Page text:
Participants randomly assigned to Group 4 (at-home Road Tour training) were scheduled for their first session in our laboratory immediately after completing their informed consent and baseline interviews. They, however, were taken to a third room in which they were assigned their study-specific ID number and were then shown (step by step) how to load the software on a PC. After this, they received about 5–10 min of scripted instruction on how to use Road Tour and then practised using it for about 10–15 min. Group 4 participants were then sent home with the CD containing the Road Tour software to load on their home PCs, as well as a detailed set of step-by-step instructions containing all of the screenshots that they would encounter in doing so. They were also given the phone number and email information for contacting the Project Coordinator (MMD) to answer any questions they might have about loading the software onto their home PCs. Group 4 participants were asked to use Road Tour at home for 10 h or more during the next 5–6 weeks. At 6–8 weeks postrandomisation, Group 4 participants were invited back to the laboratory for their post-training assessments using the UFOV test. At that time, they were reminded that they could continue using Road Tour as often as they liked.
For the purposes of statistical modelling, we define three mutually exclusive 1–0 binary indicators G1, G2 and G4 to indicate whether the participant is in the on-site speed of processing intervention without boosters, the on-site speed of processing intervention with boosters, or the at-home speed of processing group. The on-site crossword puzzle (attention control; G3) group participant will have all three of these indicators set to zero. Other covariates are contained in the vector X. For continuous outcomes such as visual processing speed we will use multiple linear regression models49 that may be expressed in their simplest form as:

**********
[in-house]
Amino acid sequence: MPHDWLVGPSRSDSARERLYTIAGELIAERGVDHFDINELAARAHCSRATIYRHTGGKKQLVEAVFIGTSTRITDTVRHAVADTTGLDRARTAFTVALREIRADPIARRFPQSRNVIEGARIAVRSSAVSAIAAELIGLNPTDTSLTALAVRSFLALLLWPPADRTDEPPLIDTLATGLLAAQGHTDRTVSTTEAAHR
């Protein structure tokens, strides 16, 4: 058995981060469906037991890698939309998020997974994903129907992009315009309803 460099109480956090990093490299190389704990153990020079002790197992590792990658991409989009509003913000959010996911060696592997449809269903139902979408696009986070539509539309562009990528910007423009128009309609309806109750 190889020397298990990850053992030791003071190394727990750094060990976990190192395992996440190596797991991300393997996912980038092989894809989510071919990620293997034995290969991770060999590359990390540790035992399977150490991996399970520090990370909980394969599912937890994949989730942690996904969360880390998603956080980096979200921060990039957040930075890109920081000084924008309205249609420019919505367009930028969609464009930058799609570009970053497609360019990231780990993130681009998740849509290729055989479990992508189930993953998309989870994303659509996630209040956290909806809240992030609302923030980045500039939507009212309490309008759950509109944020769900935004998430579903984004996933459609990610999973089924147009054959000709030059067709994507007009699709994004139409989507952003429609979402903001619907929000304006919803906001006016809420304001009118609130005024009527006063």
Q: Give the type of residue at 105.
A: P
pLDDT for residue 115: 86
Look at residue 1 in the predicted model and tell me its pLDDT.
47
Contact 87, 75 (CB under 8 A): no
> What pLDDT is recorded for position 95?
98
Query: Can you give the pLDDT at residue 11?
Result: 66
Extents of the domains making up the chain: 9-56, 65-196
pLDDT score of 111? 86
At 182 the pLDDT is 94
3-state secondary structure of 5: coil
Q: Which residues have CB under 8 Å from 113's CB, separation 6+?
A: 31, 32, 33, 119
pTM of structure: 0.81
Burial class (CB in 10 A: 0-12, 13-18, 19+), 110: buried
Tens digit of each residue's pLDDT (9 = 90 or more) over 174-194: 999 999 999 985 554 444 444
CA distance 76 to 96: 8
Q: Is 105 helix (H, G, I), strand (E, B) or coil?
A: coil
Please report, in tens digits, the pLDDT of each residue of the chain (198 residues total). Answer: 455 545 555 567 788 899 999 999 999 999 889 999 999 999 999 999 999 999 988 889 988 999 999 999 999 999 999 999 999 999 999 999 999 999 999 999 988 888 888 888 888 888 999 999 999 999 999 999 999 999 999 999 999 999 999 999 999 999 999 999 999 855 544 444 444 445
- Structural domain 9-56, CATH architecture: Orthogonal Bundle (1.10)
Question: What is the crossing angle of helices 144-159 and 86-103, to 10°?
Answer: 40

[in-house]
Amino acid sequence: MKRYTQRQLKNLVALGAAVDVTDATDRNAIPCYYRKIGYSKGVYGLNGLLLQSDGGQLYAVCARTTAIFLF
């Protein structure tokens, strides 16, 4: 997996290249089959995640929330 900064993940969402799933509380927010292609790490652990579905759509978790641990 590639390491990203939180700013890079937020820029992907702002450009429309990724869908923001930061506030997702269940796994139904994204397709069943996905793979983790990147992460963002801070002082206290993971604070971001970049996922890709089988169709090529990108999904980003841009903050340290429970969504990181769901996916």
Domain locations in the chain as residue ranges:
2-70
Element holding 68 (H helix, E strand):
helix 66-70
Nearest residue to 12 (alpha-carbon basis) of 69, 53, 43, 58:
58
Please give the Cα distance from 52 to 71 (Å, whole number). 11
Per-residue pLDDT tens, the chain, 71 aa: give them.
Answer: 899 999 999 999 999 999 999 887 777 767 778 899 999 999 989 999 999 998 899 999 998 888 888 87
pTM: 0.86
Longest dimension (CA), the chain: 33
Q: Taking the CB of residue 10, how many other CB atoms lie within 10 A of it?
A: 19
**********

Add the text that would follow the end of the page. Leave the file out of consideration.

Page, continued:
where Y12 is the dependent variable at the 12-month postrandomisation assessment, βo is the intercept, β1 is the coefficient for Yb (the baseline (randomisation) value of the dependent variable), β2 is the coefficient for G1 (Group 1), β3 is the coefficient for G2 (Group 2), β4 is the coefficient for G4 (Group 4), β5 is the vector of coefficients for X (the vector of covariates), and ε is the error term. The effect of β1 represents a stability coefficient; the effects of β2, β3 and β4 represent the effects of being randomised to the three Road Tour intervention groups (Groups 1, 2 and 4), respectively, on changes in the dependent variable compared with those observed for the attention control group (Group 3); and the effects of β5 represent the effects of the covariates on changes in the dependent variable. When the dependent variable is a count measure, we will use Poisson or negative binomial regression techniques, and for binary outcomes (such as the onset of suspected clinical depression (CESD-12 scores ≥9)), we will use logistic regression.